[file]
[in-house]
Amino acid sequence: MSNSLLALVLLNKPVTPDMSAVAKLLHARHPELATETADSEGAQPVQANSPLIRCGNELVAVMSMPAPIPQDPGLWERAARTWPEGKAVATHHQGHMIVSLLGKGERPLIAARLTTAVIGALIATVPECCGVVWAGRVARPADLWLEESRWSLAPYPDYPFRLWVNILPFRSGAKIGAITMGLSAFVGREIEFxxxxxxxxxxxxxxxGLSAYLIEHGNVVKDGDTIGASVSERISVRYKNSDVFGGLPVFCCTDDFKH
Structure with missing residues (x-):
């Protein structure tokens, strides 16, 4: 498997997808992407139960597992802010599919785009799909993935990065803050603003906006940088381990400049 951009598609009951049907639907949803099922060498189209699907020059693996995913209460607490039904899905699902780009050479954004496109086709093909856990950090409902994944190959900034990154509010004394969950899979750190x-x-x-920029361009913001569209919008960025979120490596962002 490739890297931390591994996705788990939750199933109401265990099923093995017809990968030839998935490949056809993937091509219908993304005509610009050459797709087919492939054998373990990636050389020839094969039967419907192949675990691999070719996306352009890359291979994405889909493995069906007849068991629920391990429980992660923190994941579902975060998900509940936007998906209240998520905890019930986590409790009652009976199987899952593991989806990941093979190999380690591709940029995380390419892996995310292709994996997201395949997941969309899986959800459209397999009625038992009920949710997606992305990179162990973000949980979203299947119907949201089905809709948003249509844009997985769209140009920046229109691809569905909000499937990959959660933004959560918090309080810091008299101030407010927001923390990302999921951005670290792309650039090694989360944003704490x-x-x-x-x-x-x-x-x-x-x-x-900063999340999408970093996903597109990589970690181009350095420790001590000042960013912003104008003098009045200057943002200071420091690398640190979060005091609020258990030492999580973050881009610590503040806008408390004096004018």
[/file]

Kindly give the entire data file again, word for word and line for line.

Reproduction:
[in-house]
Amino acid sequence: MSNSLLALVLLNKPVTPDMSAVAKLLHARHPELATETADSEGAQPVQANSPLIRCGNELVAVMSMPAPIPQDPGLWERAARTWPEGKAVATHHQGHMIVSLLGKGERPLIAARLTTAVIGALIATVPECCGVVWAGRVARPADLWLEESRWSLAPYPDYPFRLWVNILPFRSGAKIGAITMGLSAFVGREIEFxxxxxxxxxxxxxxxGLSAYLIEHGNVVKDGDTIGASVSERISVRYKNSDVFGGLPVFCCTDDFKH
Structure with missing residues (x-):
């Protein structure tokens, strides 16, 4: 498997997808992407139960597992802010599919785009799909993935990065803050603003906006940088381990400049 951009598609009951049907639907949803099922060498189209699907020059693996995913209460607490039904899905699902780009050479954004496109086709093909856990950090409902994944190959900034990154509010004394969950899979750190x-x-x-920029361009913001569209919008960025979120490596962002 490739890297931390591994996705788990939750199933109401265990099923093995017809990968030839998935490949056809993937091509219908993304005509610009050459797709087919492939054998373990990636050389020839094969039967419907192949675990691999070719996306352009890359291979994405889909493995069906007849068991629920391990429980992660923190994941579902975060998900509940936007998906209240998520905890019930986590409790009652009976199987899952593991989806990941093979190999380690591709940029995380390419892996995310292709994996997201395949997941969309899986959800459209397999009625038992009920949710997606992305990179162990973000949980979203299947119907949201089905809709948003249509844009997985769209140009920046229109691809569905909000499937990959959660933004959560918090309080810091008299101030407010927001923390990302999921951005670290792309650039090694989360944003704490x-x-x-x-x-x-x-x-x-x-x-x-900063999340999408970093996903597109990589970690181009350095420790001590000042960013912003104008003098009045200057943002200071420091690398640190979060005091609020258990030492999580973050881009610590503040806008408390004096004018």